Finally, we are on the precipice of one of the biggest projects since the trans-Alaska pipeline that will create thousands of jobs and give the biggest fiscal boost to our state in a generation.
I'm happy to announce this project will create at least 4,000 permanent jobs all around the state. And by 2020, each $1 million we spend will generate $28 million more in the economy. The rate of return on investment is better than anything we could hope to earn on the stock market. This project is responsible and will not damage the environment. No permitting will be required. This project will diversify Alaska's economy and reduce our dependence on oil and gas to fuel our economy. And we can get started right now.
Interested? We certainly are. Today Alaska faces an uncertain future. Foreign governments are manipulating oil prices causing our revenue to fall by more than 50 percent in mere months. When will this madness end? No one really knows. But if it continues, we are going to need every job we can get to keep Alaskans working as we either wait out the storm, or adjust to a new reality.
Every job we have is a mortgage that isn't foreclosed upon or a coffee shop that stays open. This allows people paying property taxes to keep delivering the services we all want and expect.
If I were to tell you there was a pipeline project that would generate 4,000 permanent jobs and have a 28 to 1 return on investment, and that certain elected officials were stopping it, Alaskans might teeter on the verge of riot.
Well, this project isn't a pipeline with all its inherent obstacles to fruition; it is much simpler than that. This project can be done with a simple vote of 21 members of the Alaska State House and 11 members of the Alaska State Senate.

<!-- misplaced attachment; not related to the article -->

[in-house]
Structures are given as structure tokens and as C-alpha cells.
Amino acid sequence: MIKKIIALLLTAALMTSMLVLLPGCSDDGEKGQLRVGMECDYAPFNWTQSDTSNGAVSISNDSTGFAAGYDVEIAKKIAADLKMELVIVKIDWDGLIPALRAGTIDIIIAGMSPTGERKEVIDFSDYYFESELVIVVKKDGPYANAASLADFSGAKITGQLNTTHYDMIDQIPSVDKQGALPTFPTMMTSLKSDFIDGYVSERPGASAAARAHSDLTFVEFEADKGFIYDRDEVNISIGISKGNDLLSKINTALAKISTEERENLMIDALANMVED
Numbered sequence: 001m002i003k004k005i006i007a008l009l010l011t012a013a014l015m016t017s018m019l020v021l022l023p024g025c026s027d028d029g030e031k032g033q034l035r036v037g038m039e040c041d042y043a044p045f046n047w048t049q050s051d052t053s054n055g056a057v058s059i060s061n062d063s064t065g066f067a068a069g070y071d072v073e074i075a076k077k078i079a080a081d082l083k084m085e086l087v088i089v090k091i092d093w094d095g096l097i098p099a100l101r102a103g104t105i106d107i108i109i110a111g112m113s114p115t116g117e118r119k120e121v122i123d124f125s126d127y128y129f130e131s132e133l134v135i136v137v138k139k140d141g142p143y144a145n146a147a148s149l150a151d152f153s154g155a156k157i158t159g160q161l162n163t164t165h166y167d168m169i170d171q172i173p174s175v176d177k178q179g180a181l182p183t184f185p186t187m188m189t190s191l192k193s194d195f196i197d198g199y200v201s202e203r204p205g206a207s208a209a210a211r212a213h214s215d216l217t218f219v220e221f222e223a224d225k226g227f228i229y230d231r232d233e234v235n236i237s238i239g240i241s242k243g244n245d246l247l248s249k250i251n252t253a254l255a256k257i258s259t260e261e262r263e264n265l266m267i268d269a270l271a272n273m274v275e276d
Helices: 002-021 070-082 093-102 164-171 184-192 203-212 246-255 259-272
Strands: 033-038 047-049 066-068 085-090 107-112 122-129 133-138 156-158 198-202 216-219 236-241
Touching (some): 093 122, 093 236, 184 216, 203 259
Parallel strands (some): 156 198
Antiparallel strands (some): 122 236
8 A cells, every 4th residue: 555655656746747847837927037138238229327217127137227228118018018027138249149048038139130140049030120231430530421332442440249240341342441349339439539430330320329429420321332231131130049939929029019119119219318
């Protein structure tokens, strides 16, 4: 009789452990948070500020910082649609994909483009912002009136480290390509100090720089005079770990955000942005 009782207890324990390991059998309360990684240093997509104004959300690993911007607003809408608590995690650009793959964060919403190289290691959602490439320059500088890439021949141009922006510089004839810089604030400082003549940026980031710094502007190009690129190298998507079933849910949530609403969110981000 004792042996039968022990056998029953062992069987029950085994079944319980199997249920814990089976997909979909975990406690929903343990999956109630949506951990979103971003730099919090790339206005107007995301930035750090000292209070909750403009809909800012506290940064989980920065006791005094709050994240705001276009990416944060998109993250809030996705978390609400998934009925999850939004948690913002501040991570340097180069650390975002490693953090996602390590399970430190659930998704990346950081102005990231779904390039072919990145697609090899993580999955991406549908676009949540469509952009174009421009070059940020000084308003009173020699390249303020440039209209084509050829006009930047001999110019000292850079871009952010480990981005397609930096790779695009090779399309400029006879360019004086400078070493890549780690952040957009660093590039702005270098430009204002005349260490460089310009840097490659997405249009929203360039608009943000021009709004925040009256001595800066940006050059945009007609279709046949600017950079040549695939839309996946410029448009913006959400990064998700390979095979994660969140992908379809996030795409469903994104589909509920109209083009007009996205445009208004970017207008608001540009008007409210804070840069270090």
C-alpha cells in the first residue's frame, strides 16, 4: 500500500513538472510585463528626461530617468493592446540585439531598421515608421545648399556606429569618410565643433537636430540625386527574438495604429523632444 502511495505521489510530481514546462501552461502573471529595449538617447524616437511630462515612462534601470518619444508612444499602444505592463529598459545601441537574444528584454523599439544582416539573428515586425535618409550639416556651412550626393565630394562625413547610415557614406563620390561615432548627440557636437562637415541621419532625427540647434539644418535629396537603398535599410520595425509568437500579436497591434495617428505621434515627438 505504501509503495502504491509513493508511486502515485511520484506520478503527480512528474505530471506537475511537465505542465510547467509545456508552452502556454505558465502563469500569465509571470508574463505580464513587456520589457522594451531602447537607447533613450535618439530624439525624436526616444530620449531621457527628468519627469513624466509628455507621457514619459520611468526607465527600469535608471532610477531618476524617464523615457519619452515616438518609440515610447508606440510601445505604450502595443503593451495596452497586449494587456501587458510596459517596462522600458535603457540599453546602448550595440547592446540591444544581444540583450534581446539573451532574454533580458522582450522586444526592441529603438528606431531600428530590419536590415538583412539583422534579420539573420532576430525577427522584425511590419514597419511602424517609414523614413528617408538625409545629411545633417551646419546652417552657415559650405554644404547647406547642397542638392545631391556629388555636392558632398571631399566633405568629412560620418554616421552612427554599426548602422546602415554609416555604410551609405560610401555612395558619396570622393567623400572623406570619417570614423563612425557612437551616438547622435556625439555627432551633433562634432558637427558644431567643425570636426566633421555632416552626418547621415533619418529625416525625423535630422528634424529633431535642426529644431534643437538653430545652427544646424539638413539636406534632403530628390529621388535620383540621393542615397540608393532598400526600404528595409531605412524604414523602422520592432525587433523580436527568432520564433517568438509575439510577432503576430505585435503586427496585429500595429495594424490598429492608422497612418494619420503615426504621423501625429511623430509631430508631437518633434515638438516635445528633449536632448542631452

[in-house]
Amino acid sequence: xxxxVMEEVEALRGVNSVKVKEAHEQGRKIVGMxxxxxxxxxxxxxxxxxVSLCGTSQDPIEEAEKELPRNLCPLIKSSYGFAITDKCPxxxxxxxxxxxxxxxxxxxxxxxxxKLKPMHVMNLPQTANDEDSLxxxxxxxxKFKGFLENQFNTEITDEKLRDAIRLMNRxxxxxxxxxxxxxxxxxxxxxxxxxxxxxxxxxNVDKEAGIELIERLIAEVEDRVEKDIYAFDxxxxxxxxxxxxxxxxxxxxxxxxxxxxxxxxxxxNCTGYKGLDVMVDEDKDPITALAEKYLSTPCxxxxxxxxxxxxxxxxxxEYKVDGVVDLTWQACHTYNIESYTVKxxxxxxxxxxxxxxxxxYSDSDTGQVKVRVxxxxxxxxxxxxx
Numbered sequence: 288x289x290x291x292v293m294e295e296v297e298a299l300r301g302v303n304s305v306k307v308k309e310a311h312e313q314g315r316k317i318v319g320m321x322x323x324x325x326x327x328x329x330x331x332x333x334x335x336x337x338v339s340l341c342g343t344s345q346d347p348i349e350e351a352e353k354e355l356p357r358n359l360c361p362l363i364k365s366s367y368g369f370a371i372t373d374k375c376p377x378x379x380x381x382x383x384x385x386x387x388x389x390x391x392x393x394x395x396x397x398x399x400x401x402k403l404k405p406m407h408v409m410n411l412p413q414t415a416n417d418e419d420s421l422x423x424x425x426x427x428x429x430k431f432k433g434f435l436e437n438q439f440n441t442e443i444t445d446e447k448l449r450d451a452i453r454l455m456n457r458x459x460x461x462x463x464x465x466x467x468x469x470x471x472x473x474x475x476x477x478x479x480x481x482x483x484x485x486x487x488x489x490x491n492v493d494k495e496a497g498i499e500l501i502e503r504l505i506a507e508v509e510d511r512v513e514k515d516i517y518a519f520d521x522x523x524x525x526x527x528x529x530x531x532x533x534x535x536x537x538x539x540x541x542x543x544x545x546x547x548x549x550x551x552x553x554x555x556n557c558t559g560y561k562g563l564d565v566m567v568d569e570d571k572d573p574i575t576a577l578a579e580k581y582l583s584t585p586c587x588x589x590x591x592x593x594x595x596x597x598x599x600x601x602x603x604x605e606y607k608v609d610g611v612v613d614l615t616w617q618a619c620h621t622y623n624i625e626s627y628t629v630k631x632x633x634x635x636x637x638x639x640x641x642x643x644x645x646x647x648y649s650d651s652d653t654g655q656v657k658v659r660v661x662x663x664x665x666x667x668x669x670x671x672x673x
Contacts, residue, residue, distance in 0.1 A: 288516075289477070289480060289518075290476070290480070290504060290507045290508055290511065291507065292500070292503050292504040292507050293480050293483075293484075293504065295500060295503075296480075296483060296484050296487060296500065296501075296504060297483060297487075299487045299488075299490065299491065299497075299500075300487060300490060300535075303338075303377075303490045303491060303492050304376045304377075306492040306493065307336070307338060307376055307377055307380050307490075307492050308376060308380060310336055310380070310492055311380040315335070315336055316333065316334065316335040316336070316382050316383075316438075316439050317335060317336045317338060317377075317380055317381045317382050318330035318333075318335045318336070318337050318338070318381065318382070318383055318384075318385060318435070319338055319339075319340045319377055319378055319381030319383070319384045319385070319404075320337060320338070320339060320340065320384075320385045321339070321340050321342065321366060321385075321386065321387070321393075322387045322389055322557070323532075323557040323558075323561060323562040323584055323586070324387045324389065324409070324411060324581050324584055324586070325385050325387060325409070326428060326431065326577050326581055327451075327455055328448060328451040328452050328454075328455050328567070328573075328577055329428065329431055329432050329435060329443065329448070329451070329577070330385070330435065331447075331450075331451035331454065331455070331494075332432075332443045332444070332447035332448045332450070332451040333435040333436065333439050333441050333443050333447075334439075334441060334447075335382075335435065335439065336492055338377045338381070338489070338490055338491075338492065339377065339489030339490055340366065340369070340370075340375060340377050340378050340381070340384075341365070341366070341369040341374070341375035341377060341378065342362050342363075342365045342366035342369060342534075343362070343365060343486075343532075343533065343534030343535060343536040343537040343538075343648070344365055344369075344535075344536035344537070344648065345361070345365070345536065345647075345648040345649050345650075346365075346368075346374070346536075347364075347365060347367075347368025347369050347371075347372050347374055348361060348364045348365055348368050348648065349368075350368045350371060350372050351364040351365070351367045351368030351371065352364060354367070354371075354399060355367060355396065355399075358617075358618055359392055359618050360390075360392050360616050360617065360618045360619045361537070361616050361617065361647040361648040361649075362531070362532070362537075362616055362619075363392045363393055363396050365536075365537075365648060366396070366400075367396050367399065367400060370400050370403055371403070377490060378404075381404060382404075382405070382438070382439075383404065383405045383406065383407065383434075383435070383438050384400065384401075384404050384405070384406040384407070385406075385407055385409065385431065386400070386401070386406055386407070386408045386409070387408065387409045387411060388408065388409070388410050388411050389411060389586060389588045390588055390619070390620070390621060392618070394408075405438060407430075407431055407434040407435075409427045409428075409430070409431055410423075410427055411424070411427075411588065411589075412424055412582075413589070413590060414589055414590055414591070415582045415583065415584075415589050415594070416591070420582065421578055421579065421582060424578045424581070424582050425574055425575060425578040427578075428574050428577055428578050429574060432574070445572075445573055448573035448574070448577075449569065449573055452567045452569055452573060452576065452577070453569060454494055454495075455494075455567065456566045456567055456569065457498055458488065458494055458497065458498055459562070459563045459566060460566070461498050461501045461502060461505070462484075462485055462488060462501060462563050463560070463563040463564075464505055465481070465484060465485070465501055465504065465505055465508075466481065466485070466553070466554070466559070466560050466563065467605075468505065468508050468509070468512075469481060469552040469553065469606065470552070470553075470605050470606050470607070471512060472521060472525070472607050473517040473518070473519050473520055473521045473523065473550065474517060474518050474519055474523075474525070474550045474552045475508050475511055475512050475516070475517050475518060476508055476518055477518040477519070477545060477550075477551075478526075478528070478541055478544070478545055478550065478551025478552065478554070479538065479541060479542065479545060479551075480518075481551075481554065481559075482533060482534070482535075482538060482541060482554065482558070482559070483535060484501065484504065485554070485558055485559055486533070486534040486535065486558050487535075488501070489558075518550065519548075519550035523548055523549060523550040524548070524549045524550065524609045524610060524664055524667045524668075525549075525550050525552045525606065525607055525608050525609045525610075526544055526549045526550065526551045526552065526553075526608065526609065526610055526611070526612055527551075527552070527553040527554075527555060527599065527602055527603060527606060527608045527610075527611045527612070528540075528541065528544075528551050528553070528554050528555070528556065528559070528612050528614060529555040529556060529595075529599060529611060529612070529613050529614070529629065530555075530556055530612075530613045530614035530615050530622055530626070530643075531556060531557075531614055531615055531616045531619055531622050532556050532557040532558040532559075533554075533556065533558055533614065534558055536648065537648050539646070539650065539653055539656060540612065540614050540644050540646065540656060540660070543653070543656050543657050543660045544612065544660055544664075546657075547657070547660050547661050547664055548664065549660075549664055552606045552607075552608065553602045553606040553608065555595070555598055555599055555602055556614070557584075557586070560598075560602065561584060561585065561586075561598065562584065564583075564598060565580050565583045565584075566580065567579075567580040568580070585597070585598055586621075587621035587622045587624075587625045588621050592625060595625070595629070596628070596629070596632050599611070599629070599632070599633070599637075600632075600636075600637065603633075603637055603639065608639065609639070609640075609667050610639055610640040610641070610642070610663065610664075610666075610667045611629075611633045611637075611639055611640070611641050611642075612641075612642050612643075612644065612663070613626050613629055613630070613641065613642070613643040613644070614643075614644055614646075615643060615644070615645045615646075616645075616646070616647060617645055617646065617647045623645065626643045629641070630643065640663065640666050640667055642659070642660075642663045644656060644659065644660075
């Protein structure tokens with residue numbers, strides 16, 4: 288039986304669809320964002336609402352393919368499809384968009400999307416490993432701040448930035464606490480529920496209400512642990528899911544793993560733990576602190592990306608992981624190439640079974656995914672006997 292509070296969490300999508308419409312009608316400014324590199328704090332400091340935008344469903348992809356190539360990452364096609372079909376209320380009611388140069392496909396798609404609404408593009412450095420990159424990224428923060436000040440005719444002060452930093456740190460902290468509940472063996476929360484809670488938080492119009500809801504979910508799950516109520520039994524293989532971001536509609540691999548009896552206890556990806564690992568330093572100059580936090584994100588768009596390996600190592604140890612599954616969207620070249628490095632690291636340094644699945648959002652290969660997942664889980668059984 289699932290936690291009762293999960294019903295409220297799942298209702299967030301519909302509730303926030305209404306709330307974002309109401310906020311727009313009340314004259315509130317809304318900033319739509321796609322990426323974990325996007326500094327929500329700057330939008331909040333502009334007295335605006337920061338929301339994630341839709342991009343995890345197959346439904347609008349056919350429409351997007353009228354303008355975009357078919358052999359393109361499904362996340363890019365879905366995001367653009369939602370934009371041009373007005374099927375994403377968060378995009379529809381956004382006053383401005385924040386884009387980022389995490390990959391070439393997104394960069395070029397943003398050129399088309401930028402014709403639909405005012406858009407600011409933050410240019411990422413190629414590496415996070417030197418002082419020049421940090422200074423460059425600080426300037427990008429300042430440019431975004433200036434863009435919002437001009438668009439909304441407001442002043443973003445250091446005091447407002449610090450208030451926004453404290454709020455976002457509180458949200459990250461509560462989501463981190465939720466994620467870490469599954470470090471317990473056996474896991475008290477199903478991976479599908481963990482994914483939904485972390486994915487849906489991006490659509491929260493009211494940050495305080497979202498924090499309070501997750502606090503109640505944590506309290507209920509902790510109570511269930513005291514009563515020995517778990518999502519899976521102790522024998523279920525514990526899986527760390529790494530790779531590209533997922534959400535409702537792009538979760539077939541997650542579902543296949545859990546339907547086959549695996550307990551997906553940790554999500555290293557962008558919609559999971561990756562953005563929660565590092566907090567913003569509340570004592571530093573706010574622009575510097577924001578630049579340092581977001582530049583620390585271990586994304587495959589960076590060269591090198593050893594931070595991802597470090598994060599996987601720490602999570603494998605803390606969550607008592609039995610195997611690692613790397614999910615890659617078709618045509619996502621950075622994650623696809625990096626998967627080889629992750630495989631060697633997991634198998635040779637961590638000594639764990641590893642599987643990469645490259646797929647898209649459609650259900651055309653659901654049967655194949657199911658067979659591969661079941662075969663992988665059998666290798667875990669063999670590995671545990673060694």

So what is this can't miss project? Medicaid expansion. In addition to all the benefits listed above, this bill would allow about 40,000 Alaskans to access badly needed health care.
Gov. Bill Walker is already on board. So are we. And so are lots of groups around the state. Just a few listed in an article from November 2013 are the Anchorage Chamber of Commerce, the State Chamber of Commerce, Alaska Native Tribal Health Consortium and Anchorage Faith in Action Together. The Alaska Federation of Natives also resolved to support Medicaid expansion at its 2013 convention. We've also seen many small business owners take it upon themselves to come out in support of the expansion.
The only other somewhat comparable potential project on the horizon is a gas pipeline project. And of course, I support that project wholeheartedly, but let's compare the projects, shall we?
The gas pipeline is a $65 billion project, maybe more. If it gets the green light, and that's a big if, it won't start for at least three or four years. It's economics are uncertain and the state could be on the hook for billions of dollars. And despite the high risks and high costs associated with this project there are very few Alaskans, and probably no state legislators, who don't support it.
Medicaid expansion, by comparison, is low-risk, and has already been paid for by the collective federal income taxes we all pay. Failure to accept Medicaid expansion in Alaska means other states will gladly take our federal tax dollars for their own expansion.
The federal government will pay all of the cost in the first year, and then will pay the lion's share through 2021. Over a five-year period, the cost to the state would be $61 million while the federal government would put up the additional $1.12 billion. This is a smoking deal that will generate an estimated additional $457 million dollars in economic activity in 2020 alone.
Oh, and about 40,000 Alaskans will also have health care and create the added benefit of driving down premiums for everyone else's health care plans, because folks with insurance won't be getting hit by the impact the uninsured have on those already paying insurance premiums.
At the Alaska AFL-CIO we are all about putting Alaskans to work. This expansion will create 4,000 jobs when we really need them to get through the tough times ahead.
If this were a pipeline, it would be a no-brainer. It still is.
Vince Beltrami is president of the Alaska AFL-CIO.
The views expressed here are the writer's own and are not necessarily endorsed by Alaska Dispatch News, which welcomes a broad range of viewpoints. To submit a piece for consideration, e-mail commentary(at)alaskadispatch.com
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